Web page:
Mark E. Workman's Dramaturgical Aspects of Professional Wrestling Matches suggests a dynamic tension in the spectatorship of professional wrestling: the event can be interpreted either as a straight up performance - with the result predetermined - or as a sporting event, in which the outcome is open-ended. The contemporary description of wrestling as 'sports-entertainment' echoes this suggestion. Aside from presenting a possible differentiation between sport and art, Workman postulates a dynamic tension within wrestling, a parallel battle to the actual fight, between authenticity (sometime known as 'the real') and theatricality (fictionality, I suppose).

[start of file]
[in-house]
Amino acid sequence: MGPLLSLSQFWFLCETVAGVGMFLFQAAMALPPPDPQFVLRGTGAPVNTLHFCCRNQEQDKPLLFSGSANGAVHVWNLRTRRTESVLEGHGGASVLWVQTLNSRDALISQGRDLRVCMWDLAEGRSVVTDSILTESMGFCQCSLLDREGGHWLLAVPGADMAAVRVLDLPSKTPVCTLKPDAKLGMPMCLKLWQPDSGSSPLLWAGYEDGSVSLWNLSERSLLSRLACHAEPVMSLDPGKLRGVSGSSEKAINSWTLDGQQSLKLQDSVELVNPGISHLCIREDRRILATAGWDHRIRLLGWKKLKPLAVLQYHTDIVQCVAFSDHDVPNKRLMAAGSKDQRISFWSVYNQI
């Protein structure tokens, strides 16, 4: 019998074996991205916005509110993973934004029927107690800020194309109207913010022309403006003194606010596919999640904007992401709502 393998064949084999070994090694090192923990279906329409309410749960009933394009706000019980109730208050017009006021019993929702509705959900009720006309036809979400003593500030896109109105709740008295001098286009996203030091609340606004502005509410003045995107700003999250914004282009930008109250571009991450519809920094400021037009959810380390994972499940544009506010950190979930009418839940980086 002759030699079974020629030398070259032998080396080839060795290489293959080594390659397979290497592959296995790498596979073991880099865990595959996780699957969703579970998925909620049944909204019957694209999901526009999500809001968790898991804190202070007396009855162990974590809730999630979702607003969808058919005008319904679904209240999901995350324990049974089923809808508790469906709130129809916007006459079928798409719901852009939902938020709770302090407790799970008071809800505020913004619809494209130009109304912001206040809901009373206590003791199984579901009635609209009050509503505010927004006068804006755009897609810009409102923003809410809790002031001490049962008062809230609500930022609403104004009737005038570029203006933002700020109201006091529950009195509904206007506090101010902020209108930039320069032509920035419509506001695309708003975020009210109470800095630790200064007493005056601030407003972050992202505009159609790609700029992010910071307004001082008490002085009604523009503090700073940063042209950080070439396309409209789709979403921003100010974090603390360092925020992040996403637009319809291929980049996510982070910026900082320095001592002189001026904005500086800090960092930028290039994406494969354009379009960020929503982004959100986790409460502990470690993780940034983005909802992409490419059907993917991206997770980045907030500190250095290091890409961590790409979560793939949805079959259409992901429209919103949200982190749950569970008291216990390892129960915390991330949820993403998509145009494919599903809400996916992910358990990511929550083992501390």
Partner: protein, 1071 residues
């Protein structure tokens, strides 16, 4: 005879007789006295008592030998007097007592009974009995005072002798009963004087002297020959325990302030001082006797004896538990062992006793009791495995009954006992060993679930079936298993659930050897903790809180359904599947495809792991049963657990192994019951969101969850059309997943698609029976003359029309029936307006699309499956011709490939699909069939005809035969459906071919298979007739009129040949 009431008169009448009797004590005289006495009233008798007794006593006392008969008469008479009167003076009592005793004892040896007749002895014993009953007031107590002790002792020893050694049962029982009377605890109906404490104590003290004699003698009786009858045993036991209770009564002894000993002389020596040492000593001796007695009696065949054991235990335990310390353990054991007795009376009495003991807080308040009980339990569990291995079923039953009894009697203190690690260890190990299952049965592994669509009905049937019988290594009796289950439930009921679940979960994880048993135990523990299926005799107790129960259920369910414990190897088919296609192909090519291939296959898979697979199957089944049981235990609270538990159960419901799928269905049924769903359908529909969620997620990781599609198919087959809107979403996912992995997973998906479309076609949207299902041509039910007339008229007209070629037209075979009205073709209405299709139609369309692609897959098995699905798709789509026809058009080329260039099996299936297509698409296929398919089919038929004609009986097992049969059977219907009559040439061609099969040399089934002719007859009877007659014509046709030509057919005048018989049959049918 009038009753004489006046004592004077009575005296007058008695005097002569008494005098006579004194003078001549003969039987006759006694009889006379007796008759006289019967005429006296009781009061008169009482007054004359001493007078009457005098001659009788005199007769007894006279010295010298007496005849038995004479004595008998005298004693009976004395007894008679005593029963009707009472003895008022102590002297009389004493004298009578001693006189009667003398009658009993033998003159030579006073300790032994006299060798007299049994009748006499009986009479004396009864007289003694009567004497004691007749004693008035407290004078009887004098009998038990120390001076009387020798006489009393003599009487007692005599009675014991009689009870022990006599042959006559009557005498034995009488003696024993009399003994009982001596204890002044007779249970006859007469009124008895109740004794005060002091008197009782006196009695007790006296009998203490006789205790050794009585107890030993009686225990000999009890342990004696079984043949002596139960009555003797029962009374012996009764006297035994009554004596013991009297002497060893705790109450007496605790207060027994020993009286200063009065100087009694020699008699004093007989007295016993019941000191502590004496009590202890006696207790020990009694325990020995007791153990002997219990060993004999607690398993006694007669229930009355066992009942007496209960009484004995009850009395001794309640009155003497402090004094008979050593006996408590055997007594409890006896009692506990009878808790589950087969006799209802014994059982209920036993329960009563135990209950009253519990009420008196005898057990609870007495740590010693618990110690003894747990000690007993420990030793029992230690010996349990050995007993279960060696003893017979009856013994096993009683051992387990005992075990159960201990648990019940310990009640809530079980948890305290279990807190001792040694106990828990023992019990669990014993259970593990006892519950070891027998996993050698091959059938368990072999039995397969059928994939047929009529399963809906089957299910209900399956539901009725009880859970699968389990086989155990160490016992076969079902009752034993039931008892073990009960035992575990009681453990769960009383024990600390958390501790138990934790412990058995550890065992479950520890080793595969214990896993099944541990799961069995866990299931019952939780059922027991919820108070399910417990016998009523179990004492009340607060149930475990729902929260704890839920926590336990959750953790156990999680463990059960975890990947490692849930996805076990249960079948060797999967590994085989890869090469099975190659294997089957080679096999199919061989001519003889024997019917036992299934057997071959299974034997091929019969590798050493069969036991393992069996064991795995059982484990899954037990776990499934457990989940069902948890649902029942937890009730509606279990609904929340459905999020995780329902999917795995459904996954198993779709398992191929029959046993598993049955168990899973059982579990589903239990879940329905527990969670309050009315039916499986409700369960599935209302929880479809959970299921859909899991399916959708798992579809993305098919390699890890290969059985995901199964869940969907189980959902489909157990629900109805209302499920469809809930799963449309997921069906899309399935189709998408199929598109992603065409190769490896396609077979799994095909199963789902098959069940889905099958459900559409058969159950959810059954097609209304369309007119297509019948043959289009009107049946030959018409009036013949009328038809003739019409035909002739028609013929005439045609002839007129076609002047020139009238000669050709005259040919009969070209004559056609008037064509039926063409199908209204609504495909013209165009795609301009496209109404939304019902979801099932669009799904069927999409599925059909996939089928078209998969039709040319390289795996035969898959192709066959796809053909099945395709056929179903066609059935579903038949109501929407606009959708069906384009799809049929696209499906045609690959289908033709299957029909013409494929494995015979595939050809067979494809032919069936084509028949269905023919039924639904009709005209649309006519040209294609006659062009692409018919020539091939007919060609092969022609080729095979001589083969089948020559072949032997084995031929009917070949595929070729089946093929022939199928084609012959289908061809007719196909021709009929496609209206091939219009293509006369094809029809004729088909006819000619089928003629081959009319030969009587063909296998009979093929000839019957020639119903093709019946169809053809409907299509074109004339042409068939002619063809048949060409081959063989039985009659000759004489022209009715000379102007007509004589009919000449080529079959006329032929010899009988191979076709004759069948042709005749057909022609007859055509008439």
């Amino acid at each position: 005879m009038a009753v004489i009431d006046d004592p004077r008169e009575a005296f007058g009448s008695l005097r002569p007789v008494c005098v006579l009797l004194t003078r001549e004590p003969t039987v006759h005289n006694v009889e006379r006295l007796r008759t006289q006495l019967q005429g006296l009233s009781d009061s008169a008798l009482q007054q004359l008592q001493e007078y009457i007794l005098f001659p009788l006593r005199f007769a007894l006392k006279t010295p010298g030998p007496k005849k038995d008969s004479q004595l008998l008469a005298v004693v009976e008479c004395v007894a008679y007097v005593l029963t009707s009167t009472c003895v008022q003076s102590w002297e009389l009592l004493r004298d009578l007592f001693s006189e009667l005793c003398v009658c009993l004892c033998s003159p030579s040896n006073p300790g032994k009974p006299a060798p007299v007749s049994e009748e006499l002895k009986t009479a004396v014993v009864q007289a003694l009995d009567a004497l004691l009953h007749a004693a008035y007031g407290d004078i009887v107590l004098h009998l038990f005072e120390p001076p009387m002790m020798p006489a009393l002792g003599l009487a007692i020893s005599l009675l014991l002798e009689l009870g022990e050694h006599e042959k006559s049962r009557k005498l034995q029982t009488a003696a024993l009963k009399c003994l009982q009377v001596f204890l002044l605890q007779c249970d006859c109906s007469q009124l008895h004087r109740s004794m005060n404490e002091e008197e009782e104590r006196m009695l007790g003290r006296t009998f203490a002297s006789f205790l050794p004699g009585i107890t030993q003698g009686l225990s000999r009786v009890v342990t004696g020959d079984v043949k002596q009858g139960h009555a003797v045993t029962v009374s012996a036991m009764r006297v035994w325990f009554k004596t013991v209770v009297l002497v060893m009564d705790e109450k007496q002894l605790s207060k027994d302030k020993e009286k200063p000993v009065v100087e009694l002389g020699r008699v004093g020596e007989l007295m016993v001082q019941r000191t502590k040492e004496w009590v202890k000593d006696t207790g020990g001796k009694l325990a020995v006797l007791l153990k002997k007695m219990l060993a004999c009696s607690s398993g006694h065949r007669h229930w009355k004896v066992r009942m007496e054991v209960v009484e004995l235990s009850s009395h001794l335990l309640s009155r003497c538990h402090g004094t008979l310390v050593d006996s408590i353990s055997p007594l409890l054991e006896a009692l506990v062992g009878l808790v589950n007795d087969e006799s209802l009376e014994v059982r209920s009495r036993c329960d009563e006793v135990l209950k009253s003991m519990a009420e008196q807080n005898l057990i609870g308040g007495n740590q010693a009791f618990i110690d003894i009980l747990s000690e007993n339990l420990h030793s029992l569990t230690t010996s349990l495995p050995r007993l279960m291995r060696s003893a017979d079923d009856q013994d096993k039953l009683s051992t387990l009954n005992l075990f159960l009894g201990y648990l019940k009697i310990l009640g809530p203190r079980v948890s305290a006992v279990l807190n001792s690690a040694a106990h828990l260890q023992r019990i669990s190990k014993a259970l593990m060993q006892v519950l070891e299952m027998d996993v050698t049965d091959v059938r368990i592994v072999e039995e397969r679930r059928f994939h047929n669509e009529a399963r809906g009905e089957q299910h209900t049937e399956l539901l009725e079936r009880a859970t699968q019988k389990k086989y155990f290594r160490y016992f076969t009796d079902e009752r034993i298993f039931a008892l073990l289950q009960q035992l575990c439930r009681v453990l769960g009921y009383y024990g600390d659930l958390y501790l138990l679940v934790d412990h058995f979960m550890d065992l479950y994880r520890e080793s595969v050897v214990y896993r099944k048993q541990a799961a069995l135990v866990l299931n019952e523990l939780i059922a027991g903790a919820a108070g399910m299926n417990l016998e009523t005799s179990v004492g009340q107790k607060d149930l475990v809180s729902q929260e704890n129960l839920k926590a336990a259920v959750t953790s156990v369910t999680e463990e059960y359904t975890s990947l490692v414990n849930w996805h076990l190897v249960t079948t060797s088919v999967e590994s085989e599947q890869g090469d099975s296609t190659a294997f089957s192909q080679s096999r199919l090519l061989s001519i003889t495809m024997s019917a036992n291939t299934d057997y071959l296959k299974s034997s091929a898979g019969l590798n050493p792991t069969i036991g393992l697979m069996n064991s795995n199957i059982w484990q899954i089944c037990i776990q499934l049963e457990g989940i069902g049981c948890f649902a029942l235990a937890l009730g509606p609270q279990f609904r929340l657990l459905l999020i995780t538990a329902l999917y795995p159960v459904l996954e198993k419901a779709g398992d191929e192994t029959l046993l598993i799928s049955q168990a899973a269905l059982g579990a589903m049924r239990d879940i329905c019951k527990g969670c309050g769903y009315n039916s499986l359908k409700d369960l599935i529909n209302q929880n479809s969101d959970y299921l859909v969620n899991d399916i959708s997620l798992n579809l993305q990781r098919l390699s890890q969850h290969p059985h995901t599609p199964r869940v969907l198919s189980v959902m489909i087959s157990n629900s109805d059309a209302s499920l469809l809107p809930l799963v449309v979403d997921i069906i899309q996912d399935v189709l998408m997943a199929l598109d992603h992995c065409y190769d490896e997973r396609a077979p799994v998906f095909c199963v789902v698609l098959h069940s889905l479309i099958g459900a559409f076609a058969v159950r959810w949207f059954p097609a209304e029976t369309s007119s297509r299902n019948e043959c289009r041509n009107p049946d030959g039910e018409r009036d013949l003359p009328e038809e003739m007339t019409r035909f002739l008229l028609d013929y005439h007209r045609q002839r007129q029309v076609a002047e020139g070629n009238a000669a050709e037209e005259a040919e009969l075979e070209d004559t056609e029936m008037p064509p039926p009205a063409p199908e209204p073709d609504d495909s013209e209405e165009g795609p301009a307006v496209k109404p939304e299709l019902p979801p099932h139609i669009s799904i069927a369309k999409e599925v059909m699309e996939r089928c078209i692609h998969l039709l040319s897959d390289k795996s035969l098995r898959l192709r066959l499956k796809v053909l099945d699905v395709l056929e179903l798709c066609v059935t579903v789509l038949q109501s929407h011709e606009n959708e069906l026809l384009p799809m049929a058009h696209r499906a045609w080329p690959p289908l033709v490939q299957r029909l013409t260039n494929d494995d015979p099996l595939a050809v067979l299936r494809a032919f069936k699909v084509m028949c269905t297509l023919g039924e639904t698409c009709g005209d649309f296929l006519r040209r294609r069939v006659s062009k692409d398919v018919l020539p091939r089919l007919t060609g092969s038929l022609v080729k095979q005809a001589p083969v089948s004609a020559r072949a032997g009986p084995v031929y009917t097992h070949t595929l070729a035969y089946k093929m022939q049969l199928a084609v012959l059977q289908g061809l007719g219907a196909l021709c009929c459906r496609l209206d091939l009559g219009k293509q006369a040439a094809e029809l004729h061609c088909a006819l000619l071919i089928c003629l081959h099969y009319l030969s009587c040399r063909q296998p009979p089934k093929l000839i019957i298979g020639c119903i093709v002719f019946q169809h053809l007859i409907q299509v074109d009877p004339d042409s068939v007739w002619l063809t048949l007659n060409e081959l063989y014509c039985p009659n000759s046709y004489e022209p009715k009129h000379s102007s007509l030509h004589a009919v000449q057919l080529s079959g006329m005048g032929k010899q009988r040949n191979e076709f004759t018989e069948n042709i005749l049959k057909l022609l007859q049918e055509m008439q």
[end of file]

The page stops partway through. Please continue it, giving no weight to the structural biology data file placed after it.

His allusion to the 'frames' of Goffman implies that the decision by the spectator to interpret the wrestling event is influenced by the circumstances in which it is presented. A couple of guys throwing down on Sauchiehall Street, for example, is revealed as authentic because it happens in a public place. The 'squared circle' of the wrestling arena, however, imposes theatricality on a pagga between Giant Haystacks and Big Daddy.